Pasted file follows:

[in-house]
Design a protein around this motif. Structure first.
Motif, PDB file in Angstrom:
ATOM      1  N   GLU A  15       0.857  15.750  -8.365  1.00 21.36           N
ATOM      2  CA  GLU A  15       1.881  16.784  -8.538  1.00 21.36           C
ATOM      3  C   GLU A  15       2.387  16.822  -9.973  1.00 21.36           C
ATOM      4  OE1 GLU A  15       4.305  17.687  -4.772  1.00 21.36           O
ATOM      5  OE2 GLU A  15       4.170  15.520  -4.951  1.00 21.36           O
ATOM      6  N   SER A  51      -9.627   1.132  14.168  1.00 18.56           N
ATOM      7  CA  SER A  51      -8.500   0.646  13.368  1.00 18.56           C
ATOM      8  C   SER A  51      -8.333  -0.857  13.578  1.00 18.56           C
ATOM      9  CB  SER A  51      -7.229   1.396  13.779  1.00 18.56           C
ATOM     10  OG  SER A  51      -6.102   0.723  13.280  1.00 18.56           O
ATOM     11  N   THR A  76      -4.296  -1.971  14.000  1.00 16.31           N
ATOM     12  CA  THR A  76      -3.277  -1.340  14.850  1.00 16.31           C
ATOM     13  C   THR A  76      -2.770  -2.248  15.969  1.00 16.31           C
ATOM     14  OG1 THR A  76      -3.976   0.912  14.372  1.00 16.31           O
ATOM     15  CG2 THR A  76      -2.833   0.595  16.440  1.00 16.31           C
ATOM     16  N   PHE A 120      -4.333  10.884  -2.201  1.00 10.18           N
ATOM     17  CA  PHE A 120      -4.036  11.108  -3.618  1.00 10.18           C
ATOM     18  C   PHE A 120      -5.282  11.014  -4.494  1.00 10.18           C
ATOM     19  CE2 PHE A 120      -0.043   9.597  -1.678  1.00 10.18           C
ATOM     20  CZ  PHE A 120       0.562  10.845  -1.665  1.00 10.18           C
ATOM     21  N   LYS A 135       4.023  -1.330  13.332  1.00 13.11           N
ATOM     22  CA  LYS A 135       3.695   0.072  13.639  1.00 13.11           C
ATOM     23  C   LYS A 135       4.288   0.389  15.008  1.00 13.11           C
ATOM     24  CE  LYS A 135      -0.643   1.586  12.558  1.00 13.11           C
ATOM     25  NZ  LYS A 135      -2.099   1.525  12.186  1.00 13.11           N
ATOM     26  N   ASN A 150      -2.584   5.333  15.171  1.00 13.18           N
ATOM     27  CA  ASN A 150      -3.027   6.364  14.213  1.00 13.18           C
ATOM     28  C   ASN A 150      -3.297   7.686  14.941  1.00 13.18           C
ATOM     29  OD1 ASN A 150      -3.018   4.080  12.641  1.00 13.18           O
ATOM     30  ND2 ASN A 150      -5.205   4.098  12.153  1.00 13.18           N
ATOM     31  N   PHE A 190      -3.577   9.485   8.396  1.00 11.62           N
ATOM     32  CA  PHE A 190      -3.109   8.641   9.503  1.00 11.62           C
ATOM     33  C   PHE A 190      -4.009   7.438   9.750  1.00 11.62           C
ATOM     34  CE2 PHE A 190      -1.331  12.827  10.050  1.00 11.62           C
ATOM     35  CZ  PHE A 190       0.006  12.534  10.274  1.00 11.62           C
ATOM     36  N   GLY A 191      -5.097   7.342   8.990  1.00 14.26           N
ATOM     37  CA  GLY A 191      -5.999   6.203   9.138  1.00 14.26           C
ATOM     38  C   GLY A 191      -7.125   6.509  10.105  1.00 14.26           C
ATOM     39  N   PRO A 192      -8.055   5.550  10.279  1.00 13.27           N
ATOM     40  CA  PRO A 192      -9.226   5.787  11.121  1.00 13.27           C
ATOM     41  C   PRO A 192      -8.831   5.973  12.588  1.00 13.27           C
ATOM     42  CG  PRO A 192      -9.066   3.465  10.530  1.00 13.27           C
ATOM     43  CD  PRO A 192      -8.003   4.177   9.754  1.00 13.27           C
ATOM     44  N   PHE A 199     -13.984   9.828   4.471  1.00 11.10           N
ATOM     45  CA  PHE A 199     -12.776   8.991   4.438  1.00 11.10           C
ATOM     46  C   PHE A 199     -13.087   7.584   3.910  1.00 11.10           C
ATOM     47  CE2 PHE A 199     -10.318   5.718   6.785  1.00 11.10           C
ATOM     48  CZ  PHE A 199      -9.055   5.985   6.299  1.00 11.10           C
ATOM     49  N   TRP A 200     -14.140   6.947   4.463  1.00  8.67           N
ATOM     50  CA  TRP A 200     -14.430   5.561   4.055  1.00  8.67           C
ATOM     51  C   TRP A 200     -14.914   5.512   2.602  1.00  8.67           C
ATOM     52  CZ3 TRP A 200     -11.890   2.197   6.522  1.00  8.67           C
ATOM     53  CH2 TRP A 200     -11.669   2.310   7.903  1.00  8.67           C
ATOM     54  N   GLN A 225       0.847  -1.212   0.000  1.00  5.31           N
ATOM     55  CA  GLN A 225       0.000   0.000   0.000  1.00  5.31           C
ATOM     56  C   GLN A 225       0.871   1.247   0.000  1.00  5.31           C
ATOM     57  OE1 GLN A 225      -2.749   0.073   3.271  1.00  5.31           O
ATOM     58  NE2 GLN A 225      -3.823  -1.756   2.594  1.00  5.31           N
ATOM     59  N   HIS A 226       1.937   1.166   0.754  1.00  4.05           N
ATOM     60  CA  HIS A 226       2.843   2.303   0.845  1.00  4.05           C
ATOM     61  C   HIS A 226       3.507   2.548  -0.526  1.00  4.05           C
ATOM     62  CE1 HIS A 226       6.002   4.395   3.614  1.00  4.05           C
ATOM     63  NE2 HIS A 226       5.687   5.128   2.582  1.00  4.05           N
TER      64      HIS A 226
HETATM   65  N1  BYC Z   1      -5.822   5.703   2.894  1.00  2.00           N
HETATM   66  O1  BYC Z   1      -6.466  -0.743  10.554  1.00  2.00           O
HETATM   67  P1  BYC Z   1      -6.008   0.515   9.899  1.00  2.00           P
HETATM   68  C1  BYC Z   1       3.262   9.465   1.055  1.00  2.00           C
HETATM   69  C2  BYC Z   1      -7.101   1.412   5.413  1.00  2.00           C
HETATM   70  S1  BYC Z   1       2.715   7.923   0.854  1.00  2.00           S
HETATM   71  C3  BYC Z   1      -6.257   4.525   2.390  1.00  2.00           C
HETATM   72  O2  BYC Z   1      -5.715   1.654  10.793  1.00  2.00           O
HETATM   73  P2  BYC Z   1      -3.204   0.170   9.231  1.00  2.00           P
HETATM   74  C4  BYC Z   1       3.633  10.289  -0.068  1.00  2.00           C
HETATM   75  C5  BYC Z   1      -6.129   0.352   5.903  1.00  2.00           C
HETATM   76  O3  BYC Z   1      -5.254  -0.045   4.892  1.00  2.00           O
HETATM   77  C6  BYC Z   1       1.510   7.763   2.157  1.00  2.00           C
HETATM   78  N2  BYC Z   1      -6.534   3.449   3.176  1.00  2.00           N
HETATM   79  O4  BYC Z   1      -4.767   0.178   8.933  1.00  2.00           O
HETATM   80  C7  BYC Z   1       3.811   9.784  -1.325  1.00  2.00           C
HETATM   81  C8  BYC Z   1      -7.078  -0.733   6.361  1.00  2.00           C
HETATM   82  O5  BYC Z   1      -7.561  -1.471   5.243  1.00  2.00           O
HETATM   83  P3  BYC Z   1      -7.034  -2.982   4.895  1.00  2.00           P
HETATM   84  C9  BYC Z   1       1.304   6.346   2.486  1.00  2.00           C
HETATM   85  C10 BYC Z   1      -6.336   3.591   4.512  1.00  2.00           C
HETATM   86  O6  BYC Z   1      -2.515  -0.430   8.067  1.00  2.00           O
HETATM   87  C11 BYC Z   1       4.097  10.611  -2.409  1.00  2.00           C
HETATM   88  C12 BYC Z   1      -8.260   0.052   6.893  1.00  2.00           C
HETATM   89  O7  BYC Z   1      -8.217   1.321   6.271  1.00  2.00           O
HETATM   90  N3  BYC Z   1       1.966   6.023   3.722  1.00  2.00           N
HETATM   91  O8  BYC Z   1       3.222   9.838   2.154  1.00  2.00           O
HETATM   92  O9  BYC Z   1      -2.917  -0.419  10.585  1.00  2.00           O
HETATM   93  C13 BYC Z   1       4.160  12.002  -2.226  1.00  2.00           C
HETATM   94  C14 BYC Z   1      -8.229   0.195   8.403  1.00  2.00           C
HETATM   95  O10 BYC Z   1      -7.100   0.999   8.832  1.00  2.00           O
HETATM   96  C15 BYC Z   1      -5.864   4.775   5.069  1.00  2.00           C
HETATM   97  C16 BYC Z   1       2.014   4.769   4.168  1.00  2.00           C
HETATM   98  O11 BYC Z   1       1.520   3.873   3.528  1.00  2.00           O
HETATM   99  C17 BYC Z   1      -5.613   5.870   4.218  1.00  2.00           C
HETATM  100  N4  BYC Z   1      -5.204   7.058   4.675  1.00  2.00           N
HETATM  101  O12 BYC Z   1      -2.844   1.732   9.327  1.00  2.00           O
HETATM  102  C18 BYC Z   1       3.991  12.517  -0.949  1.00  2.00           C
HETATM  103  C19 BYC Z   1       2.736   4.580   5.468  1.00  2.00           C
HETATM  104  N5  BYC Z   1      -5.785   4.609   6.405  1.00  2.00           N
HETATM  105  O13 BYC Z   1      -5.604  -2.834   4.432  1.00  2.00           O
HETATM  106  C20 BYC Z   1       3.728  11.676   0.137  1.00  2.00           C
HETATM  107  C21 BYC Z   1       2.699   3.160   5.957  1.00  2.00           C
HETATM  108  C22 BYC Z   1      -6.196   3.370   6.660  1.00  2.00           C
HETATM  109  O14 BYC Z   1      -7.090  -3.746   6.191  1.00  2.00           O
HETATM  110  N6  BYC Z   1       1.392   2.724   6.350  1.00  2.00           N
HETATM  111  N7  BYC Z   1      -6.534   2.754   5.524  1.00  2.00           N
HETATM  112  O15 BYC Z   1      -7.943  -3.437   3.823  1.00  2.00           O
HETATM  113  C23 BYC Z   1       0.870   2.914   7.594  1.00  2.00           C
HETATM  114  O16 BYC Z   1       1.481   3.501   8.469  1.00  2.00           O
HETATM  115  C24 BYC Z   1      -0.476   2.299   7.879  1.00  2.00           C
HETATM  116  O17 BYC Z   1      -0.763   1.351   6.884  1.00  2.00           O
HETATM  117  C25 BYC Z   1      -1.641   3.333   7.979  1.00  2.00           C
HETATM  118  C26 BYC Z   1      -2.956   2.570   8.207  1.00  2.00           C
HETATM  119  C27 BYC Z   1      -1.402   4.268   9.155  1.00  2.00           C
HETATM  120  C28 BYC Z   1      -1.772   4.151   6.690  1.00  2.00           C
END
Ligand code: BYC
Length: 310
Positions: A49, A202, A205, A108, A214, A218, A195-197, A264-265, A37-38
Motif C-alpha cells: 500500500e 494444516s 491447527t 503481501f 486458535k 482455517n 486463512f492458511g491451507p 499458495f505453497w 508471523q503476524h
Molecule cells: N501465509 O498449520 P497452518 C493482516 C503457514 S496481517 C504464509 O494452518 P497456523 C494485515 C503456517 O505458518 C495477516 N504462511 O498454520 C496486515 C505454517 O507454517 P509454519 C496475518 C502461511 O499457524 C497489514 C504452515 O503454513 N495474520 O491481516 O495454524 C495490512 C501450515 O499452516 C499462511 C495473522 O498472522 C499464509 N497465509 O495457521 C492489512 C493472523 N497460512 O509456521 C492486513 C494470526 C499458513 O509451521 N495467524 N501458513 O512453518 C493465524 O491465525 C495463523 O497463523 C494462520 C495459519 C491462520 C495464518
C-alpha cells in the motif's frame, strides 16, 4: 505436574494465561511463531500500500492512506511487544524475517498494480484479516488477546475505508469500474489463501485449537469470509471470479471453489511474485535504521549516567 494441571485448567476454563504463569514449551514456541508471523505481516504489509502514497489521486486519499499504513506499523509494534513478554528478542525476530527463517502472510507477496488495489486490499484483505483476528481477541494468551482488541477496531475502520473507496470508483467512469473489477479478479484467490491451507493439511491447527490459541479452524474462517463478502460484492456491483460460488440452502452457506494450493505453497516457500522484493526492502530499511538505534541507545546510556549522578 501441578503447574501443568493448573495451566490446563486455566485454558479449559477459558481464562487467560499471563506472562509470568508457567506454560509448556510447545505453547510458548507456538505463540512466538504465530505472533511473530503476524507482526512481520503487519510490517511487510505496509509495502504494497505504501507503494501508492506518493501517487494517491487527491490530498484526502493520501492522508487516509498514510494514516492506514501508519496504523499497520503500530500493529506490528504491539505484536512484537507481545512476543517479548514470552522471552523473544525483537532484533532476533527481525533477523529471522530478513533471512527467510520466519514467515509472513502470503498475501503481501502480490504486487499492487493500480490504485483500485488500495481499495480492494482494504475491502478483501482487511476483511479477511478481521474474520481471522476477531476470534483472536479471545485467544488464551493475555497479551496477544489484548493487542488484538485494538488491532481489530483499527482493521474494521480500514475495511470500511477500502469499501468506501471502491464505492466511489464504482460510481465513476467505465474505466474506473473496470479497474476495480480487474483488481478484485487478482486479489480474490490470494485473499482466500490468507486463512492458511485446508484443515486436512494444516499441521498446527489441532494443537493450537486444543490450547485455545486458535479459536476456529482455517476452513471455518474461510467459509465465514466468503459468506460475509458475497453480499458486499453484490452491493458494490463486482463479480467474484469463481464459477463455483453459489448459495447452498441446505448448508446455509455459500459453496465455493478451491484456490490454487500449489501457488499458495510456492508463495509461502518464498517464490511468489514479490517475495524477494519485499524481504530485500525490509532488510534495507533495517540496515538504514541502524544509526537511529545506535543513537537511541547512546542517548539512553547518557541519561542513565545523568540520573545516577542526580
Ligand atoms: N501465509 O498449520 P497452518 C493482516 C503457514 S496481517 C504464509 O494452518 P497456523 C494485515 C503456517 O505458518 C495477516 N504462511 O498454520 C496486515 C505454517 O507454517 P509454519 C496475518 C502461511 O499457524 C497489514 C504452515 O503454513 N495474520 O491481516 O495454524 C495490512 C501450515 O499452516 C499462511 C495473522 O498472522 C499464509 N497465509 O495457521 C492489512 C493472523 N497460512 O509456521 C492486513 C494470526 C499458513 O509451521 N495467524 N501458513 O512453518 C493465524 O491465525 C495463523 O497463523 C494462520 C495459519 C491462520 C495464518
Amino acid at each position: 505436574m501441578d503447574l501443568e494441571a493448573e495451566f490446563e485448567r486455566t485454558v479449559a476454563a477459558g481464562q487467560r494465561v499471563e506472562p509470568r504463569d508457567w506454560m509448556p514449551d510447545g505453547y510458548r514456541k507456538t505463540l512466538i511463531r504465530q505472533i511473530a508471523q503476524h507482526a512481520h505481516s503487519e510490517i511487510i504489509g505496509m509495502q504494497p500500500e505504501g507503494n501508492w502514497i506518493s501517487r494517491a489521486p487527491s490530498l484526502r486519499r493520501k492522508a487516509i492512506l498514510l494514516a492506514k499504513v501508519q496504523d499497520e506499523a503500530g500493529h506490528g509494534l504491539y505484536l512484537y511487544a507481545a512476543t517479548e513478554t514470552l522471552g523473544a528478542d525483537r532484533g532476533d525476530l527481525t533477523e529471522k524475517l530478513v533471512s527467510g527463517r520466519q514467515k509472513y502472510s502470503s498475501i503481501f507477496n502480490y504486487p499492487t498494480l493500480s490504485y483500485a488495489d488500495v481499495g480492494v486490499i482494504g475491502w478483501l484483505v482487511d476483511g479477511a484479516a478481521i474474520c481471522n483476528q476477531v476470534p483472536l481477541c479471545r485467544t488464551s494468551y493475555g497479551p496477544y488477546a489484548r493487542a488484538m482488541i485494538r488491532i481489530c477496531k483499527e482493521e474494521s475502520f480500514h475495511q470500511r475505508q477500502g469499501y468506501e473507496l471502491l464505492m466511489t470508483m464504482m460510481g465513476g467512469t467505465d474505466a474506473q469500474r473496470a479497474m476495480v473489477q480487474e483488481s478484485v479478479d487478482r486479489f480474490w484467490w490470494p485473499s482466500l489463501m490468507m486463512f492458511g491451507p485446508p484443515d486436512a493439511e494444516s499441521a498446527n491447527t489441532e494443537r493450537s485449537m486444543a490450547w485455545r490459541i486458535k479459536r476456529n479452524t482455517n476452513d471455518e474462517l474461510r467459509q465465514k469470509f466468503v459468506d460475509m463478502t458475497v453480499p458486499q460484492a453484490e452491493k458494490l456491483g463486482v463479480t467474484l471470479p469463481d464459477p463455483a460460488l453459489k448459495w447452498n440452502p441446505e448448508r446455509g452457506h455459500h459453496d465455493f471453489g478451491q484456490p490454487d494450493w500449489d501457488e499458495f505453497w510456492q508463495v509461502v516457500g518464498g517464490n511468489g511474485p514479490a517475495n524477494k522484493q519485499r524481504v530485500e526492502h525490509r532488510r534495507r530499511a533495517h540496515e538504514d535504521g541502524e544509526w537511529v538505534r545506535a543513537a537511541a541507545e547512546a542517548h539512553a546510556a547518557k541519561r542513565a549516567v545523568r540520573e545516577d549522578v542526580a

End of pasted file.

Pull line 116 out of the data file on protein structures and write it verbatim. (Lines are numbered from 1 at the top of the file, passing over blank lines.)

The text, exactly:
HETATM  113  C23 BYC Z   1       0.870   2.914   7.594  1.00  2.00           C